The Orange Leader
In a Washington, DC Metro Station, on a cold January morning in 2007, a man with a violin played six Bach pieces for about 45 minutes. During that time, approximately 2,000 people went through the Metro Station, most of them on their way to work. After about three minutes, a middle-aged man noticed that there was a musician playing. He slowed his pace and stopped for a few seconds, and then he hurried on to meet his schedule.
Four minutes later: the violinist received his first dollar. A woman threw money in the hat and, without stopping, continued to walk. Six minutes: A young man leaned against the wall to listen to him, then looked at his watch and started to walk again. Ten minutes: a mother and child walked by. The mother pushed hard on the child and they continued to walk, the child turning his head the whole time. Several other children repeated this action, but every parent without exception forced their children to move on quickly. After one hour: He finished playing and silence took over. No one noticed and no one applauded. There was no recognition at all.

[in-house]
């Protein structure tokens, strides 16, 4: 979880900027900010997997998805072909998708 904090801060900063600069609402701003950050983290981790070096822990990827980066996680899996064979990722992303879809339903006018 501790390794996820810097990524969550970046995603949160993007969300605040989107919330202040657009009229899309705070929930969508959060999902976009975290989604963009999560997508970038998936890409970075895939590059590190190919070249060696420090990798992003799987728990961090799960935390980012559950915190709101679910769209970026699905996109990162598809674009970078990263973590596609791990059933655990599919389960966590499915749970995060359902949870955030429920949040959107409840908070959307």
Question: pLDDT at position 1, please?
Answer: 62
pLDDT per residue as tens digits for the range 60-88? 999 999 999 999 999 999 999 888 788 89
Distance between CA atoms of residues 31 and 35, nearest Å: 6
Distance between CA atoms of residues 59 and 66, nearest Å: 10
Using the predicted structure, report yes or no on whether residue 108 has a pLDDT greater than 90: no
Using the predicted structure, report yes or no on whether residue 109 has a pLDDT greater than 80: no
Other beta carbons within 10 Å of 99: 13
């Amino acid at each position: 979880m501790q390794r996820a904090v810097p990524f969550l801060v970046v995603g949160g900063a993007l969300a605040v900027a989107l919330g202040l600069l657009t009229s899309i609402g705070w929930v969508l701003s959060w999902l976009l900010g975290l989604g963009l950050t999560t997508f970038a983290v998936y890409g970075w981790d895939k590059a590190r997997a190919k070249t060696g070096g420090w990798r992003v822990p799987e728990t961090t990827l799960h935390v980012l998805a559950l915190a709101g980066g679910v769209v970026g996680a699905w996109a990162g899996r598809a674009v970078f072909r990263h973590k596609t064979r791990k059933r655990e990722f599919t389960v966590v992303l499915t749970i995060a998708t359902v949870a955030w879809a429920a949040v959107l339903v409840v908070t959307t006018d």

No one knew this, but the violinist was Joshua Bell, one of the greatest musicians in the world. He played one of the most intricate pieces ever written, with a violin worth $3.5 million dollars. Two days before, Joshua Bell sold-out a theater in Boston where the seats averaged $100 each to sit and listen to him play the same music.
This is a true story. Joshua Bell, playing incognito in the D.C. Metro Station, was organized by the Washington Post as part of a social experiment about perception, taste and people's priorities. This experiment raised several questions: (1) In a commonplace environment, at an inappropriate hour, do we perceive beauty? (2) If so, do we stop to appreciate it? (3) Do we recognize talent in an unexpected context?
One possible conclusion reached from this experiment could be this: If we do not have a moment to stop and listen to one of the best musicians in the world, playing some of the finest music ever written, with one of the most beautiful instruments ever made How many other things are we missing as we rush through life? Will we expect to hear the voice of God in church tomorrow? Will we take the time to listen?